RECORD DARCON SALES LIFT DUPONT’S FIBER
Byline: Stuart Chirls / With contributions from Tom Ryan
NEW YORK — Polyester is back in fashion, and that’s record-breaking news for DuPont.
The strongest quarter in the history of its Dacron polyester business and fatter profits in Lycra spandex helped offset declines in nylon and lift operating earnings in DuPont’s fibers unit 15.5 percent in the third quarter.
“There is no doubt about it, polyester is becoming more widely accepted as a fashion fabric,” said Jeff McGuire, specialty development manager for polyester filament, in a telephone interview.
“The European designers are doing a lot of exciting things in polyester, and that has translated across the Atlantic Ocean to here. It started in juniors, and we are now seeing it in the misses’ and career markets. And once the working woman picks up on it, I think polyester will be around in fashion for a long time.”
“The third quarter was the strongest for Dacron since the division was created in 1953,” said Ned Jackson, vice president and general manager of Dacron, in a conference call. “Our polyester business, both in staple and filament, was up across the board. The market for polyester has been resurgent, in part because of our specialty products such as Micromattique, CoolMax and ThermaStat, which all sold very well. We saw growth in apparel, home furnishings, automotive and the industrial areas. All of our strategies in polyester are coming together.”
DuPont also cited higher earnings in Lycra spandex and aramids, but said nylon earnings were hurt by the stronger dollar against most foreign currencies, and higher raw materials costs due to supply disruptions in the U.S.
In the quarter ended Sept. 30, after-tax operating income of the fiber division rose to $238 million from $206 million. Sales gained 8.6 percent to $1.88 billion from $1.74 billion, and a 12 percent hike in volume offset a 3 percent erosion in selling prices.
In the nine months, fiber’s operating earnings climbed 27.6 percent to $716 million from $561 million. The 1996 nine months includes a $32 million charge to cover layoffs in the U.S. Excluding this charge, earnings in the latest nine months rose 20.7 percent.
Sales moved up 8.4 percent to $5.7 billion from $5.3 billion.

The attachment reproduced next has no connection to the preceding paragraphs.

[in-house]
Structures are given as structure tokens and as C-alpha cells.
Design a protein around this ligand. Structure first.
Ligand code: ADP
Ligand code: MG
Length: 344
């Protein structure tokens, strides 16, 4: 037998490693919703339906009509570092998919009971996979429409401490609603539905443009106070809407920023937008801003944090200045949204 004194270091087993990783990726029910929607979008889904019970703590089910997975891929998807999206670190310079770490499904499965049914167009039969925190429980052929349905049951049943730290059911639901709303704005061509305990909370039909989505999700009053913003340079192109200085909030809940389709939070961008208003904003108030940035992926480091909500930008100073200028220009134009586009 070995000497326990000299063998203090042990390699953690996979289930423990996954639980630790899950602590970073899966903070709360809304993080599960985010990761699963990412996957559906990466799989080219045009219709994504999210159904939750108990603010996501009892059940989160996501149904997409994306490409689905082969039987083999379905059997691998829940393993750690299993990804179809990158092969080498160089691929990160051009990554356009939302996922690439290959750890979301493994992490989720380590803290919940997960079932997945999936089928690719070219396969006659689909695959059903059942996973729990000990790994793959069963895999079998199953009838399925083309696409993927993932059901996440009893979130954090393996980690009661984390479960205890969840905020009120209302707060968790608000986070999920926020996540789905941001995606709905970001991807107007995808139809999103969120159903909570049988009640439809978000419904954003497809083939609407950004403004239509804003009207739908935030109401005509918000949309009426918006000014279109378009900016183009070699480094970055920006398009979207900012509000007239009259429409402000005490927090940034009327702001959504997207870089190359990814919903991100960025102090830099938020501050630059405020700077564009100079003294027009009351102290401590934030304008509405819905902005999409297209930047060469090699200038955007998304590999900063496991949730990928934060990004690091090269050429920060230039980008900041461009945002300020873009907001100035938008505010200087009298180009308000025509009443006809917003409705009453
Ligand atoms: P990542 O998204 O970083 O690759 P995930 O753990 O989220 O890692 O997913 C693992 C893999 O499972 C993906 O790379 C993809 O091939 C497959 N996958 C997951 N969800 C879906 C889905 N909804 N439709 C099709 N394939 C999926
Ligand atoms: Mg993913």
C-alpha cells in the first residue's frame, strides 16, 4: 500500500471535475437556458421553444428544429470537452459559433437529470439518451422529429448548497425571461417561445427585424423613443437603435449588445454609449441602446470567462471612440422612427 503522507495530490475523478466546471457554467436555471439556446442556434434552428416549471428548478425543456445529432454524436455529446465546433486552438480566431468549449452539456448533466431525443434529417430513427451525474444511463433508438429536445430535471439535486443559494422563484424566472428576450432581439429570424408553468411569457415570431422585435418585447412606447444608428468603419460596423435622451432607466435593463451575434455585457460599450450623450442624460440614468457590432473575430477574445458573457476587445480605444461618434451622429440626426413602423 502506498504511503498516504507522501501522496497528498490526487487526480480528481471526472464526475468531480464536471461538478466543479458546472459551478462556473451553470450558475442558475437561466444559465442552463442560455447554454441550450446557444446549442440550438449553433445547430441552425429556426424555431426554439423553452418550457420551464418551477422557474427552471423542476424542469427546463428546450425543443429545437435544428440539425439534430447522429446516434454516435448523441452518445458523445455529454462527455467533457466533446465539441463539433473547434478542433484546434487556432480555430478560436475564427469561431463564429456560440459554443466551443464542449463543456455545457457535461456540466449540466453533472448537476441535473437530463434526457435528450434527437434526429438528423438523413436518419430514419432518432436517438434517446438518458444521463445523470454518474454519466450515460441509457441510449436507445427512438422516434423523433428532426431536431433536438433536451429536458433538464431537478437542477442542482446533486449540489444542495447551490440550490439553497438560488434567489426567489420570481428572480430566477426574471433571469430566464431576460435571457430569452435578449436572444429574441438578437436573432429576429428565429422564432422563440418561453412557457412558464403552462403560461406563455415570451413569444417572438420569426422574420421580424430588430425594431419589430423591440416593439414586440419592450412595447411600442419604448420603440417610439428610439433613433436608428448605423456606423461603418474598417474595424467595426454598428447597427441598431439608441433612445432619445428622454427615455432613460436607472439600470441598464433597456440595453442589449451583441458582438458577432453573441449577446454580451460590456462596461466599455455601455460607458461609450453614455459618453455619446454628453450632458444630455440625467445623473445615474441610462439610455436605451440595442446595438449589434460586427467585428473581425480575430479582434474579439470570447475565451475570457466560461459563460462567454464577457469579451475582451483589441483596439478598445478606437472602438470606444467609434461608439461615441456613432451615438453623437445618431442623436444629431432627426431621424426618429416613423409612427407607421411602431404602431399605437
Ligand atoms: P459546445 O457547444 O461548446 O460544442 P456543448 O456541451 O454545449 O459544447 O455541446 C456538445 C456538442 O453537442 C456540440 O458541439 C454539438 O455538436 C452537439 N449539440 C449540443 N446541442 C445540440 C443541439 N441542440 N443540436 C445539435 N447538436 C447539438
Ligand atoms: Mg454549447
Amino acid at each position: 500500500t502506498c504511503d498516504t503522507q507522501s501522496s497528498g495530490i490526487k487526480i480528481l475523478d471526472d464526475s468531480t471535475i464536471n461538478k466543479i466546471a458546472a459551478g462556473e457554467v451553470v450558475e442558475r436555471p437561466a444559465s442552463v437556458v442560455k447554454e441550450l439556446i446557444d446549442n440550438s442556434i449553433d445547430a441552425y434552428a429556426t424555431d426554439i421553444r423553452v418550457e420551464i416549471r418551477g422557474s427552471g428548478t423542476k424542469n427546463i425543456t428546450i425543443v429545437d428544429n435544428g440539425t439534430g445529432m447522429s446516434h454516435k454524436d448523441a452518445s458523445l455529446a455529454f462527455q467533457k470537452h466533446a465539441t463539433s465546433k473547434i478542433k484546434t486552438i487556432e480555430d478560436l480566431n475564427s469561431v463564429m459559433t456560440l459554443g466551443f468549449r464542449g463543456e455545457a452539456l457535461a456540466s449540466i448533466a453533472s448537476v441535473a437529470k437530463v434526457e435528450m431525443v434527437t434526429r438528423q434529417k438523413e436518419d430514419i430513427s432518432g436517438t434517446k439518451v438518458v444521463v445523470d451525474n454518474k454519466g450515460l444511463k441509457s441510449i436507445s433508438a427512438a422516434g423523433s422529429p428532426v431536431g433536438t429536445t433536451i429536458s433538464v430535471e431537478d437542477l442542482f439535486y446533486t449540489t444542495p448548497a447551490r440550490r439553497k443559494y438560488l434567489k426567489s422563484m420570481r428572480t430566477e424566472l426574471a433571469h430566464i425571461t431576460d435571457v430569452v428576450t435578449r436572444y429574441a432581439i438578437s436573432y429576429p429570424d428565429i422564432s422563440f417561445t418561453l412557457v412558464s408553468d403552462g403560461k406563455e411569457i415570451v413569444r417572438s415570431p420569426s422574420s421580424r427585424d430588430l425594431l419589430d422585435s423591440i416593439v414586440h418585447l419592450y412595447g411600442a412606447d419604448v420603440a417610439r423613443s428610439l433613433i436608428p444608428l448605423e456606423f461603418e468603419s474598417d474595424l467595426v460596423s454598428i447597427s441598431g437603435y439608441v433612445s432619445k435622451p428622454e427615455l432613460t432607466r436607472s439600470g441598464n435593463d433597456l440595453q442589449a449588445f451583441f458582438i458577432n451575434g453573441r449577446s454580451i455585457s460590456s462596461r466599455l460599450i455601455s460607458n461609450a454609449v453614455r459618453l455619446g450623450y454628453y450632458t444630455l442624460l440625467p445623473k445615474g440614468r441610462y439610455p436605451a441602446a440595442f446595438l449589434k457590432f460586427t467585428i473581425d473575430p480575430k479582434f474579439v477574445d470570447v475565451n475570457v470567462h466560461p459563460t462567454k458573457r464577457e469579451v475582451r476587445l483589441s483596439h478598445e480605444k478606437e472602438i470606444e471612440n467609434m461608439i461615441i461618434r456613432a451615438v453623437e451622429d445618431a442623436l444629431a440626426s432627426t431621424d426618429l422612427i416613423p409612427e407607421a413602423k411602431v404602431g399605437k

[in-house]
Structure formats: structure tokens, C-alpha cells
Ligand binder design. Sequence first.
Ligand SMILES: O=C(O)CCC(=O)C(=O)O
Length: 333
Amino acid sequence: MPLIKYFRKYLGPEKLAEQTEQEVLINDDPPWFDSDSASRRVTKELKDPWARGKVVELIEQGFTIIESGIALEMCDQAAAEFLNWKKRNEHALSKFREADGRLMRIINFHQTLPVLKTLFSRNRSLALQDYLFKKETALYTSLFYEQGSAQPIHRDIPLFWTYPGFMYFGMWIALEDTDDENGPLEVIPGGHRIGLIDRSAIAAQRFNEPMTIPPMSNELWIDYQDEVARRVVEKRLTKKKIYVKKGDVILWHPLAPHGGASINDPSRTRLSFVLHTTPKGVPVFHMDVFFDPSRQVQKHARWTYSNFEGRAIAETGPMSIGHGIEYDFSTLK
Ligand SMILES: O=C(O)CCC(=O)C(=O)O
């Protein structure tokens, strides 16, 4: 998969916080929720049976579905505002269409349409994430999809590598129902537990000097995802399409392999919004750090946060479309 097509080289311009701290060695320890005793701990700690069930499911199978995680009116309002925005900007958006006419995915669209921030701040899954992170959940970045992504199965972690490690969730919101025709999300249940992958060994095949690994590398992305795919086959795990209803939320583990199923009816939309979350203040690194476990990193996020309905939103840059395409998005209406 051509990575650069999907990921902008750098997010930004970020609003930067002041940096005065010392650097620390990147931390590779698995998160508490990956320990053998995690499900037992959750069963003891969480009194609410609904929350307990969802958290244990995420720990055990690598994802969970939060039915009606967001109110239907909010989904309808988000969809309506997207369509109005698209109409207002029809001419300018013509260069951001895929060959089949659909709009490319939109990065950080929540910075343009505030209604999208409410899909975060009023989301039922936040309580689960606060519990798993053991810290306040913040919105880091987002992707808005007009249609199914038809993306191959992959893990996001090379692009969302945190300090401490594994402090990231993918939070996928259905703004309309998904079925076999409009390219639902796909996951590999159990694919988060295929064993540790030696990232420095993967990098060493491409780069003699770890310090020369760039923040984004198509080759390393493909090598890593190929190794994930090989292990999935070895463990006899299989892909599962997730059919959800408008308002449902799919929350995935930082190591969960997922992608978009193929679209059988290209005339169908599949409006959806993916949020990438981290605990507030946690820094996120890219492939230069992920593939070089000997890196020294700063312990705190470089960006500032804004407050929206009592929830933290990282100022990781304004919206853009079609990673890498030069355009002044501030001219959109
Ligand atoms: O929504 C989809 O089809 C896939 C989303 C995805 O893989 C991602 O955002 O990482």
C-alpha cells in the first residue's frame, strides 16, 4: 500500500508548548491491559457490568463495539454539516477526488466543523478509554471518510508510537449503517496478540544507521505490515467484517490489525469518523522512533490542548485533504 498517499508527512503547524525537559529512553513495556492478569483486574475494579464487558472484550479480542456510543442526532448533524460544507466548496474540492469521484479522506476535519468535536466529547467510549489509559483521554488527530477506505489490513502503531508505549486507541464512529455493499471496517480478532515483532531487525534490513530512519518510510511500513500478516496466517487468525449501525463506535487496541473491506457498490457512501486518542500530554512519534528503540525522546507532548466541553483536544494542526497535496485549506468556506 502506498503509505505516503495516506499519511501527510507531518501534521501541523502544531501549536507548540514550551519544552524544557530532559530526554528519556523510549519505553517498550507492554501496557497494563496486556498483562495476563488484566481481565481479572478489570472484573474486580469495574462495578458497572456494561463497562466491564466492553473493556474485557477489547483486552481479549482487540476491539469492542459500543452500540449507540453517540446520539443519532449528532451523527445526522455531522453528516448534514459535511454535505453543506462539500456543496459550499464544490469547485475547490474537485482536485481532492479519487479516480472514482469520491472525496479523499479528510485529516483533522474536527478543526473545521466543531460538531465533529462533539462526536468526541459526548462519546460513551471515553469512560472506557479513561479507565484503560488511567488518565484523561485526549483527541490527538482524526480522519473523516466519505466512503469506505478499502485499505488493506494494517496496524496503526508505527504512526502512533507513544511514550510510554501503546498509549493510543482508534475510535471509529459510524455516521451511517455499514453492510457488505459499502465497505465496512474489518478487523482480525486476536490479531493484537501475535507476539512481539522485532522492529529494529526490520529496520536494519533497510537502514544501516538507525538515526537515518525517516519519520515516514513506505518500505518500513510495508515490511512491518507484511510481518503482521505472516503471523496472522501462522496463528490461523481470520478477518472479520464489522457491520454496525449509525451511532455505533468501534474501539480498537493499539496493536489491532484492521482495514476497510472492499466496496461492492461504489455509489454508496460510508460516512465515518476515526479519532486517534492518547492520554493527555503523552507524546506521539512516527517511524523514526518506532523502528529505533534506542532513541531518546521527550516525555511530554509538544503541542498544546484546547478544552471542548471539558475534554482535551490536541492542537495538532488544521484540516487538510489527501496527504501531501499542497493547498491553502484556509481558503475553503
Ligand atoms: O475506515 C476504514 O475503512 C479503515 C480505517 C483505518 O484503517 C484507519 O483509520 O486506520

Jackson said the “unusual growth” in specialty products was in addition to expected growth in commodity polyester products. “I think that there’s been an overconsumption of cotton during the past 15 years,” he said, explaining polyester’s popularity.
Looking ahead, Jackson expects Dacron to do “quite well’ in the fourth quarter, with volume increases of 5 to 6 percent over the previous year. “All in all, 1997 will turn out to be one of the greatest years ever for Dacron,” he said.
Nylon intermediates production has returned to normal levels at two plants in Texas after mechanical failures that occurred within weeks of each other forced DuPont to shut down production for several weeks. A more serious problem is a backup in rail traffic in the Gulf Coast region that has prevented intermediates from getting through on time.
“Logistics in the Gulf Coast have been a disaster because of Union Pacific’s acquisition of Southern Pacific,” said Gary Pfeiffer, vice president and general manager of DuPont Nylon North America. “There has been significant indigestion there on the part of UP, and service has been horrible. Also, there aren’t enough rail cars for shippers when the trains do move.”
Union Pacific has told customers it expects service to return to normal late this year or early in 1998, but Pfeiffer said, “We are putting contingency plans [in place] to shift shipments to trucks. However, there aren’t enough trucks to go around either, so our options are limited. Otherwise, our internal problems are behind us and we are running at peak yields.”
Overall, DuPont reported a loss of $17 million after net charges of $998 million, or 88 cents a share, to write off research and development associated with the acquisition of a 20 percent interest in Pioneer Hi-Bred International Inc., and charges to divest certain printing and publishing businesses.
Excluding the charges, DuPont’s earnings inched up 3.1 percent to $972.7 million, or 86 cents a share, from $943.1 million, or 84 cents, a year ago. That was just short of the 87 cents a share Wall Street had forecast for the latest quarter. Sales increased 6.2 percent to $11.1 billion from $10.5 billion.
DuPont shares closed at 59 5/8, up 1 7/16, on the New York Stock Exchange.
Commenting in a statement on the third quarter, John A. Krol, DuPont president and chief executive officer, said, “In recent months, we’ve aggressively pursued our long-term strategies to profitably grow DuPont and create value for our shareholders. In the third quarter, our underlying business continued to perform at record levels, driven by strong volume growth from our chemicals and specialties businesses and record earnings from petroleum. At the same time, we announced several major acquisitions in key areas of our business portfolio, which will position us for sustained profitable growth.”
In the nine months, income, including nonrecurring charges, fell to $2.1 billion from $2.8 billion. Excluding special charges in both years, earnings rose 9 percent to $3.1 billion from $2.9 billion. Sales gained 4 percent to $33.7 billion from $32.4 billion.